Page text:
President Barack Obama recently sat down with Rolling Stone publisher Jann Wenner for an interview that appeared in the magazine's latest issue. In a conversation suffused with themes and talking points sure to resurface during the election, the commander-in-chief touched on topics as diverse as climate change, the tenor of the rhetoric on Capitol Hill and his fondness for The Daily Show and Homeland.

The highlights of the interview, organized by topic:

On Republicans

The president has gone from conciliatory to combative over the last several months, regularly giving speeches in which he portrays Republicans as ideologically rigid, hostile to compromise and wedded to obsolete economic policies that favor the rich. He drew a distinction between Republican voters and the Republican Party in Washington, saying the latter has become too extreme and reiterating his contention that Ronald Reagan -- the patron saint of the modern Republican party -- might not survive in today's climate.

As examples of this rightward drift, Obama cited Republican presidential candidates infamously rejecting during a debate a debt deal that would cut $10 for every one dollar in tax revenue, Republican opposition to the DREAM Act --  a bill that would extend citizenship to some young undocumented immigrants -- and Republican efforts to eliminate the Environmental Protection Agency.

What's happened, I think, in the Republican caucus in Congress, and what clearly happened with respect to Republican candidates, was a shift to an agenda that is far out of the mainstream - and, in fact, is contrary to a lot of Republican precepts, Obama said. He added that there are Republicans in Washington who are reasonable and open to compromise, but right now, in an atmosphere in which folks like Rush Limbaugh and Grover Norquist are defining what it means to be a true conservative, they are lying low.

On Occupy Wall Street And Inequality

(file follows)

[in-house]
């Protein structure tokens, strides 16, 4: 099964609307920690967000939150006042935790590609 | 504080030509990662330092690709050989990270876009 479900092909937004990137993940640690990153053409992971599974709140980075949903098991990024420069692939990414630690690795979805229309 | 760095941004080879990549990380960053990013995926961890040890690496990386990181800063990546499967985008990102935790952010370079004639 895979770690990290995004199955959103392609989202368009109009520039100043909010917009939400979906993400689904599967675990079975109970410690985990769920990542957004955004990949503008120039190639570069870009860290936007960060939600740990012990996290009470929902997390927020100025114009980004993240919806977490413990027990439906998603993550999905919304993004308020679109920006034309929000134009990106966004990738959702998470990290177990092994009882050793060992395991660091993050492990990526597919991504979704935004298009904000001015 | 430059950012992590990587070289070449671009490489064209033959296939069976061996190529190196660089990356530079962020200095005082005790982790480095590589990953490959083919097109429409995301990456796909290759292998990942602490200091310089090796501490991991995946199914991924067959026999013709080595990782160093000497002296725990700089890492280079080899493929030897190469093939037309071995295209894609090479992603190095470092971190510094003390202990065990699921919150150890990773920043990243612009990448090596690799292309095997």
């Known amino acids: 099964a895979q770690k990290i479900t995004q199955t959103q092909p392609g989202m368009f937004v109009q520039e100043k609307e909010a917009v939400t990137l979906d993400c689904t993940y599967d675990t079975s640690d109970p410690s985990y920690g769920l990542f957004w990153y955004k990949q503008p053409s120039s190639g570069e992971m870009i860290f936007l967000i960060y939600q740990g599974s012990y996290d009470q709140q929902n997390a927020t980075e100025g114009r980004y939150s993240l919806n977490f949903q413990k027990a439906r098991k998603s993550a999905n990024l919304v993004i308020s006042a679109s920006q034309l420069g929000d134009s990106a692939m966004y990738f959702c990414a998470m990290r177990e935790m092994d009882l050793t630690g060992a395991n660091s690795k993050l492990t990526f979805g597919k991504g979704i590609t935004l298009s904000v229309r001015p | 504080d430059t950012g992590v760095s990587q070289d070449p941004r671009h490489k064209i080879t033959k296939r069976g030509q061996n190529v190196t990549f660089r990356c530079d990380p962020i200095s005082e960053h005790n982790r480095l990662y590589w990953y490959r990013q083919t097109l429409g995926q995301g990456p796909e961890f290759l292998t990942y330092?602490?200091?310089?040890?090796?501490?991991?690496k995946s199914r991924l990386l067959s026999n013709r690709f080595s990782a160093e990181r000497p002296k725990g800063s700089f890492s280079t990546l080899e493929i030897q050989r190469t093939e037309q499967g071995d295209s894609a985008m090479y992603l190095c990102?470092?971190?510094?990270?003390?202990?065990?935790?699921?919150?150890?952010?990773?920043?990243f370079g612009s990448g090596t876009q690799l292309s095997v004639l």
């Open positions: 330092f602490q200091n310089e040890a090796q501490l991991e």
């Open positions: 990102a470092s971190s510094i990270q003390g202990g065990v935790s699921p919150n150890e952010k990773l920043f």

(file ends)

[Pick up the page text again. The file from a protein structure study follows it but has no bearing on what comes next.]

Beginning with a December speech in Osawatomie, Kan., Obama has begun lambasting Republican policies that he says benefit the wealthy while ignoring growing economic inequality -- a critique that dovetails with the anger expressed by Occupy Wall Street. When asked if the Occupy movement had influenced his rhetoric, the president called Occupy just one vivid expression of a broader anxiety that has been around in the United States for at least a decade or more.

People have a sense the game is rigged, so just a few people can do well, and everybody else is left to scramble to get by, the president said.

Obama reprised points from his recent speeches, emphasizing that he believes in the value of the free market but insisting that individual initiative has to be supported by the government ensuring everyone has an equal chance to succeed. He slammed Republicans who say government is always the problem.

Their vision is that if there's a sliver of folks doing well at the top who are unencumbered by any regulatory restraints whatsoever, that the nation will grow and prosperity will trickle down, Obama said. The challenge that they're going to have is: We tried it. ... It did not work out well, and I think the American people understand that.

Occupy Wall Street was fueled in part by a perception that those who caused the economic crisis have not been held accountable, and in may cases have prospered. Obama said that really irresponsible practices that hurt a lot of people might not have been technically against the law, but he pointed to a recent settlement with big banks implicated in improper mortgage servicing, overseen by state attorneys general, that leaves in place the possibility of prosecution.

On Medical Marijuana